The way in which space is organized, and the use to which it is put, also contributes to creating and maintaining community. The warm climate permits Kandokans to spend much of their lives outdoors. They cook, visit, and work outside, either on their verandas or in the shade under their houses. Recall the generous social space under our house. This arrangement was ideal for us because it was a convenient meeting-place for villagers. There were often several people resting, working, or talking under our house so we did not have to go far to find people to pester with questions. It also enabled our neighbours to observe our activities without being intrusive. Where people live outdoors, in the view of others, they know each other well. Villagers enjoy and seek out the company of others, and a person who shuns others is behaving abnormally and is carefully watched for evidence of either an intent to commit suicide or to practice sorcery. The desire of villagers for contact with other people is present even during serious illness or approaching death.
Friends and family visit a dying person under the awning
|Adults who are dying move to a bed under a temporary shelter in front of or beside their house. The construction of this shelter alerts others to the expected death, and the word is spread to the dying person's business associates, trading partners, creditors, debtors, friends, and kin in other villages. All come to visit, to hear the dying person's wishes regarding the disposal of personal property, and to bring to closure ongoing relationships.|
This organization of space discourages reclusiveness and facilitates ongoing communication, intense social interaction, and a sense of community.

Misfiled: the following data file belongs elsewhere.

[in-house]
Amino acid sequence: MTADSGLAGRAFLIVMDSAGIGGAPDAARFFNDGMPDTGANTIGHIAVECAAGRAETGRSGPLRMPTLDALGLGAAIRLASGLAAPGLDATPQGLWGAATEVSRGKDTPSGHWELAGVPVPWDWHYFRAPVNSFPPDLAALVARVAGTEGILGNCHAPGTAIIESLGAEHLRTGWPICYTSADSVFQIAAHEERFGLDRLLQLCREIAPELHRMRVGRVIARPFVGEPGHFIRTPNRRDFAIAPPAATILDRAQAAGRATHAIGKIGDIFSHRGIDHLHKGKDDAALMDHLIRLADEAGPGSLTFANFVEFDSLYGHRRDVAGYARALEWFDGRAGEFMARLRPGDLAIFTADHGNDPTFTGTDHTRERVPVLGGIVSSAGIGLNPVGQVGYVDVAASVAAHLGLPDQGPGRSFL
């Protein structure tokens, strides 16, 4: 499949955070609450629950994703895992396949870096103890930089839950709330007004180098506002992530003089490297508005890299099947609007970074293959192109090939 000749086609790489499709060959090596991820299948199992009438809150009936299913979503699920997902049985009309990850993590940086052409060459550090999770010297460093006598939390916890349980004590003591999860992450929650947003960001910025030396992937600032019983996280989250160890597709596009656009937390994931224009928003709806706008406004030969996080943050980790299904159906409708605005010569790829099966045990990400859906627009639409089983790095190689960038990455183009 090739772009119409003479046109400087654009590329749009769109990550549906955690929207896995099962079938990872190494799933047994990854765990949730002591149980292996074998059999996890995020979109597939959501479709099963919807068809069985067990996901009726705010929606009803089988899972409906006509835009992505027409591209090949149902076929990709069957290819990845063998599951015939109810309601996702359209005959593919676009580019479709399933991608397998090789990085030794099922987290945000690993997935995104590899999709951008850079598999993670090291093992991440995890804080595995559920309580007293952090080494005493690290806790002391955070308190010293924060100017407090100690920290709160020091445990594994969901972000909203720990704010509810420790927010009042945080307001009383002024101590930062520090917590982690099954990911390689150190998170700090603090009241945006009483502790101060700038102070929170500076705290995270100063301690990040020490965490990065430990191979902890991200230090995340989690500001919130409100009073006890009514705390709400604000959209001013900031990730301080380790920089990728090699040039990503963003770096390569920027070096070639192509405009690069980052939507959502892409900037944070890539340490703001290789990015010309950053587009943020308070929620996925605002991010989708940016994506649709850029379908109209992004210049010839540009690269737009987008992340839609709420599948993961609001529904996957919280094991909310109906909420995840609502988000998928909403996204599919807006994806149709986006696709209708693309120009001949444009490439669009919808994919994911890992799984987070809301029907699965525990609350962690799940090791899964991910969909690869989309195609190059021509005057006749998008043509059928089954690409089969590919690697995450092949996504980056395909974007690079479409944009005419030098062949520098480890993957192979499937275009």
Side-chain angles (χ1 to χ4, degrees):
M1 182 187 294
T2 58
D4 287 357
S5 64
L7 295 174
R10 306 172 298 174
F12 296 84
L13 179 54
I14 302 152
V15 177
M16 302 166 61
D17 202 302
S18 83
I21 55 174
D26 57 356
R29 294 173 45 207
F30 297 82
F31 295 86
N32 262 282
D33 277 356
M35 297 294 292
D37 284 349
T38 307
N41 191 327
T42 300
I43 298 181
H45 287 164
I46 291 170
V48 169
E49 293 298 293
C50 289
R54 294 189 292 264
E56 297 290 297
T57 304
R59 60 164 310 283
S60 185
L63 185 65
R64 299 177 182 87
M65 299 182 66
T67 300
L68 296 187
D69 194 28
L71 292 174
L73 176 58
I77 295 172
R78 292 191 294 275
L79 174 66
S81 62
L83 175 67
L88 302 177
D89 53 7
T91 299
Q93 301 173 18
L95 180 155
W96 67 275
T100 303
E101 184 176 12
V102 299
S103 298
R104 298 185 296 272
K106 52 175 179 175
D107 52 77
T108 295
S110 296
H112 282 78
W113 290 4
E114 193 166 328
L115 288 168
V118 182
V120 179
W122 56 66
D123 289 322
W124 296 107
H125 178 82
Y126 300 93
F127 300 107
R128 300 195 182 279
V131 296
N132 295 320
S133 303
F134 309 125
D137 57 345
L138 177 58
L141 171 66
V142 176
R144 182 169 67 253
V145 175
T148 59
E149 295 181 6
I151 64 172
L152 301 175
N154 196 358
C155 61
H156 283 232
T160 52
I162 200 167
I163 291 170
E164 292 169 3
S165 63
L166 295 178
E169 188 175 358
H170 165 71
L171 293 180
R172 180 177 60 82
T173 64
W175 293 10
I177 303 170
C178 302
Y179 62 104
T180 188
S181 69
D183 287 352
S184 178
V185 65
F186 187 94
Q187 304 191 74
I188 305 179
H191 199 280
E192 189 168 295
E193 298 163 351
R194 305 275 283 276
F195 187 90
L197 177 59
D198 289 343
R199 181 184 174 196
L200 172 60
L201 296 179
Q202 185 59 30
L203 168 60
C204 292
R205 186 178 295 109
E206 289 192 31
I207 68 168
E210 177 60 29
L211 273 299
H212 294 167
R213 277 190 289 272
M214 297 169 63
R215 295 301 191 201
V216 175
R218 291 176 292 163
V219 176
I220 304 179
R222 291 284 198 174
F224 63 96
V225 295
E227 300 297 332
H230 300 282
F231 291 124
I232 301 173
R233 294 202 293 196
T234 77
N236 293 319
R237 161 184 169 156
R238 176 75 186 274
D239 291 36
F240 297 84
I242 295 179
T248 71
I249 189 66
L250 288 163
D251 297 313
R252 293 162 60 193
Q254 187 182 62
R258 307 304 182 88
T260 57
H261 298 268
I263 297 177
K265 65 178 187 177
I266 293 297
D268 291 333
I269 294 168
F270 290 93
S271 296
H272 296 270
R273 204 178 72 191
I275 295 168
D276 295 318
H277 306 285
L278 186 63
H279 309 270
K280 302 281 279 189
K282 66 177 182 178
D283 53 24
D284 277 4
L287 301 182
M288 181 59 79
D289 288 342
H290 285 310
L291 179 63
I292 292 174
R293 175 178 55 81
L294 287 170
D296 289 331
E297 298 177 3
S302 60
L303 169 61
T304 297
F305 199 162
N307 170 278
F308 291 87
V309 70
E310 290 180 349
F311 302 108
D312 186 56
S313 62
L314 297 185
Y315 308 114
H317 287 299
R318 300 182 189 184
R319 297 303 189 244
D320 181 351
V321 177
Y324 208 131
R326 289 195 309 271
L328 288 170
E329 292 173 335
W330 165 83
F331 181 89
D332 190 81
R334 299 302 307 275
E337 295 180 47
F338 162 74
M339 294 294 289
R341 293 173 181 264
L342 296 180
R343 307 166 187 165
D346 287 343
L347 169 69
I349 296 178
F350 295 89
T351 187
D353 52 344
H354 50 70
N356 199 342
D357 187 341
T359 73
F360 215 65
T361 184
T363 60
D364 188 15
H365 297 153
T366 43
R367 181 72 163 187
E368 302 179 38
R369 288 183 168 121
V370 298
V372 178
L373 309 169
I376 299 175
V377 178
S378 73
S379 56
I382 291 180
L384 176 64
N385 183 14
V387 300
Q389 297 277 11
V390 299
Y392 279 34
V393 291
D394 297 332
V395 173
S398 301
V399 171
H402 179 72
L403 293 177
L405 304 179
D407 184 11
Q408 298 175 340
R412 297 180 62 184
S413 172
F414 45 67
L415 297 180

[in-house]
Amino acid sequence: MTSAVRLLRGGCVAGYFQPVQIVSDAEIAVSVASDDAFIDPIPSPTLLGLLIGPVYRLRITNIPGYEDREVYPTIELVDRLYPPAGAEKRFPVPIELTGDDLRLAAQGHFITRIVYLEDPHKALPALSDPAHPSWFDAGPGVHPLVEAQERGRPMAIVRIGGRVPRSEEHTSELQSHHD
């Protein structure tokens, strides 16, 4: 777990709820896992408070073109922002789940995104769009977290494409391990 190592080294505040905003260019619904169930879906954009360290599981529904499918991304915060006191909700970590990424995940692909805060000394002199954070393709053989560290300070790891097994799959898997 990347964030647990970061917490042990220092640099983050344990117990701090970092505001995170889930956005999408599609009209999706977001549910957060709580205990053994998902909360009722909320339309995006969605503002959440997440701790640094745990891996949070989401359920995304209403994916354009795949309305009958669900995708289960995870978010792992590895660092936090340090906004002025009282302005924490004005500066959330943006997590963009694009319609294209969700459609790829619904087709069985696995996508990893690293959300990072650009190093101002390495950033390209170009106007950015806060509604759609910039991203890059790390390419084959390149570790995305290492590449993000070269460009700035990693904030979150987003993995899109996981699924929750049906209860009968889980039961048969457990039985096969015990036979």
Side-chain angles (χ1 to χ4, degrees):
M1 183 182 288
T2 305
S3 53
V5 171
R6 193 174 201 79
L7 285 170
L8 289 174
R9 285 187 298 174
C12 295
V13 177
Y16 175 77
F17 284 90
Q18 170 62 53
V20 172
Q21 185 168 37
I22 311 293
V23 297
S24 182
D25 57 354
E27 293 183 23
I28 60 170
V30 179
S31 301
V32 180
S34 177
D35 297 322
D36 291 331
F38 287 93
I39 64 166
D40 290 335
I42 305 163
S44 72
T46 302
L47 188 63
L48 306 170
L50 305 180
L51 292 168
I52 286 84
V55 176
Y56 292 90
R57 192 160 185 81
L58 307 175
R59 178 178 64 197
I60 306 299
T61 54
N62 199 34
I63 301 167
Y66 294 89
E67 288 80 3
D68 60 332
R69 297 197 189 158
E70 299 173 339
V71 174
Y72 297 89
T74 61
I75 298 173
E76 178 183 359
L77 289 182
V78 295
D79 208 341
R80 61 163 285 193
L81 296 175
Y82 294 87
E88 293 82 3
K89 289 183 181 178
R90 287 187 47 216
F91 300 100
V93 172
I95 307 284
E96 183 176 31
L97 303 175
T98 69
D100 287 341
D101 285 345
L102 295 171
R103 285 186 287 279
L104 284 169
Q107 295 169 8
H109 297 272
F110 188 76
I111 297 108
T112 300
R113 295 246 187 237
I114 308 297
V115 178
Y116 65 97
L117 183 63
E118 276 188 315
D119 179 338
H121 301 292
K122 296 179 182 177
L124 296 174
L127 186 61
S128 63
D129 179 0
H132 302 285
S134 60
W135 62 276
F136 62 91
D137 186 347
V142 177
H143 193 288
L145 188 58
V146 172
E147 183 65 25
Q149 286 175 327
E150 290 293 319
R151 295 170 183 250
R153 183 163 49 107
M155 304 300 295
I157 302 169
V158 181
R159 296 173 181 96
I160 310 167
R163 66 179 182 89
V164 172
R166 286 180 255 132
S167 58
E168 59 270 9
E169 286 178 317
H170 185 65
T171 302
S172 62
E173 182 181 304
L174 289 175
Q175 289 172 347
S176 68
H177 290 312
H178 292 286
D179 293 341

Most North Americans would probably find it difficult to live in the view of others as the Kaliai do. Our values and architecture stress private rather than public lives. Ideally, each child has its own bedroom, and most of us prefer to live where the walls are thick and do not allow others to overhear our words and actions, or us to know about theirs. This ideal is exemplified in the modern, suburban subdivision where there are no sidewalks or front porches with swings to invite neighbours to visit, and where houses are set far back from the street. Outdoor family life, if it exists, takes place either in the fenced back yard or in a public space such as a playing field, swimming pool, or park. Garage and front doors are shut and locked. There is no implicit invitation to visit informally and, RVers tell us, neighbours often know or care little about each other. The move to these suburbs began after World War II when new affluence enabled city dwellers to leave crowded neighbourhoods, where - as in a Kaliai village - everybody knew everybody else's business. They fled these neighbourhoods in search of peace and quiet and privacy. Now, four decades later, members of the generation that fled to the suburbs disenchanted with their decision, for although they went in search of privacy, what they found was isolation. RVers seem to be trying to reverse their decision, for many of them seem to be actively searching for companionship, mutual trust, involvement with their neighbours, and meaningful social interaction. They want to create a sense of community.Like the Kaliai, full-time RVers live much of the year in a warm climate that enables them to spend a lot of time outdoors. And, like the Kaliai, they cook, visit, and work outside, but in the shade under their awnings rather than on their verandas or under their houses. The awning on an RV accomplishes several things. It creates living space for the RVer, it makes the outdoors part of the RVer's home, it creates an area that is neither intimate private space -- as is the inside of the RV -- nor impersonal social space, such as a park's recreation hall, club house, or swimming pool. Like the front porch in older neighbourhoods with sidewalks, it is a personal but neutral social space where casual, friendly interaction can occur without commitment to intimacy. Because the space inside a rig is small, when the weather is nice people sit under their awnings to drink coffee, read, or do craft work. Their presence is an invitation to their neighbours to stop and chat, to bring over their own lawn chair and cup of coffee and visit. There people meet and talk, share news, gossip, and maybe a snack, and come to know each other better. The RVer's awning, like the villager's veranda, facilitates the social interaction that is essential to the creation of community.
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